I am happy to accept side effects. But if they have such a strong, negative influence on the cause that has been helping me for so long, that is so good for me, that gives me so much, that is so important to me - then I can't accept that. That's why I keep looking and I am confident that I will find the right remedy - also thanks to the great support from my psychiatrist.
Shame? - Why?
Again and again I come across the topic of shame when it comes to medication in other mental health accounts on social media, in articles and posts.
My attitude to this is very clear: Taking psychotropic drugs is no reason to be ashamed. Is someone with high blood pressure ashamed to need medical assistance? Is a car owner ashamed of the fact that he has to keep driving to refuel to keep his car going?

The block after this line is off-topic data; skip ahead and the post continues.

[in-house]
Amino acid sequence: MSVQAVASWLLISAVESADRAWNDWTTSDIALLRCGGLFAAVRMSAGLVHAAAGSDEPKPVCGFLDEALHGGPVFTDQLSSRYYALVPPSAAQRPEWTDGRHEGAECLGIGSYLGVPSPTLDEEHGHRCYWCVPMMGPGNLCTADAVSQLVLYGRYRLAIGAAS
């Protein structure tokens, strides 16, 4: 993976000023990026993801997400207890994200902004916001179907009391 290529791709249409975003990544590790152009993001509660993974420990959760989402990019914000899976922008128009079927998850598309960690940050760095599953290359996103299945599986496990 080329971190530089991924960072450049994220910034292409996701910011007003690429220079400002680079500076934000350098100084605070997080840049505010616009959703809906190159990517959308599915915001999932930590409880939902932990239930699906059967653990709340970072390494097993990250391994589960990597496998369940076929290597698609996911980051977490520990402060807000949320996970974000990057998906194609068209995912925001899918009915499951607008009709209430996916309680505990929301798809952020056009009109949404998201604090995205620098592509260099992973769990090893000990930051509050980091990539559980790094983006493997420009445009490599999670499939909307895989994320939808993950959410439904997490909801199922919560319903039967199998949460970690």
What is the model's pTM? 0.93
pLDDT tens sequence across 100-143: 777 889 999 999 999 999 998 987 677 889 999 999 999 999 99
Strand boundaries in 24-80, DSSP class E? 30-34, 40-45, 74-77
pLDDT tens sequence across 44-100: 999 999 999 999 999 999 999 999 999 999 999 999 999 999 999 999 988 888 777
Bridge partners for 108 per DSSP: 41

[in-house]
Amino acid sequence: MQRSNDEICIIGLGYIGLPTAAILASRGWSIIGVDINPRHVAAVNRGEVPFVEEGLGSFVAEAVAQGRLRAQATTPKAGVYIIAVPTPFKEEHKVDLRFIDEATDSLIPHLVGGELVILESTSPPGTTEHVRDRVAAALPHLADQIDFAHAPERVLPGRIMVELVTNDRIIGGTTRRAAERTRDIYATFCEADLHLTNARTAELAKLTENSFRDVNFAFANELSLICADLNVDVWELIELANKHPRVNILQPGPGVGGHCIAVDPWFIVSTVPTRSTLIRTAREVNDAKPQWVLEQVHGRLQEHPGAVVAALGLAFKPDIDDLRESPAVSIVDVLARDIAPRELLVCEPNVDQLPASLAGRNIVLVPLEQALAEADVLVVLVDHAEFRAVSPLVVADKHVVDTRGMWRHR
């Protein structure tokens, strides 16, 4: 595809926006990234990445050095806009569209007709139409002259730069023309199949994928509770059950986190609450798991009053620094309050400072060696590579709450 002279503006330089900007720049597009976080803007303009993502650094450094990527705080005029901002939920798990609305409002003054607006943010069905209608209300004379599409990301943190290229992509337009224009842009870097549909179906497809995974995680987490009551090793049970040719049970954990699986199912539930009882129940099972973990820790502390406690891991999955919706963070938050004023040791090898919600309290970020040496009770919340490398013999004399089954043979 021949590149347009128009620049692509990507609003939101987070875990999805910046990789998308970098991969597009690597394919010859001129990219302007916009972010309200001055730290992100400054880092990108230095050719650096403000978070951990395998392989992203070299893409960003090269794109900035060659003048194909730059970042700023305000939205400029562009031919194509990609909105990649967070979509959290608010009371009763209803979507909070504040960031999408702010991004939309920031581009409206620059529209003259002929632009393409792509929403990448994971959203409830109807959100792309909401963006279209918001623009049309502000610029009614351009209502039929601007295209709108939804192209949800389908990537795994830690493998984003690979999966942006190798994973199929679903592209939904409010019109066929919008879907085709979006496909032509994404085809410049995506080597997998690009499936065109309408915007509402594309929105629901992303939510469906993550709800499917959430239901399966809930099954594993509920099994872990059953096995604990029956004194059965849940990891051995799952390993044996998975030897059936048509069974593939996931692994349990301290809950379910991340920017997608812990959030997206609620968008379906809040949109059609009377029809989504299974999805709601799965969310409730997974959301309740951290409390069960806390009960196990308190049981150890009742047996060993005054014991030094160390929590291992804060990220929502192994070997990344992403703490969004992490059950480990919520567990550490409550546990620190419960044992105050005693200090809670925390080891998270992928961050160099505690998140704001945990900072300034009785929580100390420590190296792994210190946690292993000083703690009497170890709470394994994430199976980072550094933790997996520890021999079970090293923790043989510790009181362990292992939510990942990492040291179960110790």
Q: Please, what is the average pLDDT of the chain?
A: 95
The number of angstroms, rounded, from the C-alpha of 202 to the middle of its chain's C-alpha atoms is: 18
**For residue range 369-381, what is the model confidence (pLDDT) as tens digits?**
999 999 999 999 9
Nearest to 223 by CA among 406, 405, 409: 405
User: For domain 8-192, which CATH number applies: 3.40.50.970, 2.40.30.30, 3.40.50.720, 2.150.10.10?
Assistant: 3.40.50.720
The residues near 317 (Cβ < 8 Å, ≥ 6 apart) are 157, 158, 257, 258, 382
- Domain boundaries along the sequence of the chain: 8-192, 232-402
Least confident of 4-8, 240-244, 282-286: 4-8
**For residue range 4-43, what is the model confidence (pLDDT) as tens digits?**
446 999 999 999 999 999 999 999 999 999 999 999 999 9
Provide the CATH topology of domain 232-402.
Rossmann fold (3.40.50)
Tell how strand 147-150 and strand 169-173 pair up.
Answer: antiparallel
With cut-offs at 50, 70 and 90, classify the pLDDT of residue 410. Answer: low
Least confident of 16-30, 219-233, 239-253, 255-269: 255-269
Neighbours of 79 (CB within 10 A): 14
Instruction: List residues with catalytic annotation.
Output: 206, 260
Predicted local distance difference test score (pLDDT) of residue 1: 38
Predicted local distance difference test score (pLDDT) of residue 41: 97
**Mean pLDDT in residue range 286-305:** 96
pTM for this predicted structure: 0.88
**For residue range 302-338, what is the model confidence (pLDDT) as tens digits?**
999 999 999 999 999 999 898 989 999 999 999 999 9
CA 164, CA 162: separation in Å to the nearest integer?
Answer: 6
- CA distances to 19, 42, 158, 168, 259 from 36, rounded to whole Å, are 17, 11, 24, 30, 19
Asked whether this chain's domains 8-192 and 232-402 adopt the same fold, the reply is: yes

There are probably also people who think that one should stop taking these drugs at some point: "After all, it has been long enough now". I bet these people don't tell a diabetic to stop taking insulin, it has to be good now.
I suspect that the drugs are not the real problem here, but as is so often the case dealing with mental illness in general. The stigma and ignorance around it.
As you are used to from me, I also deal openly with this part of my illness. The reactions - as with the illness itself - often go unbelieving ("What, you and depression?") But maybe that's exactly what people need: a person who is strong in their perception and who speaks about it as a matter of course, how much help in medication in everyday life?
So far I can really only say that it is was a good and right decisionto try antidepressants. And I wish I hadn't waited that long. The phases in which I switch medication confirm me in particular: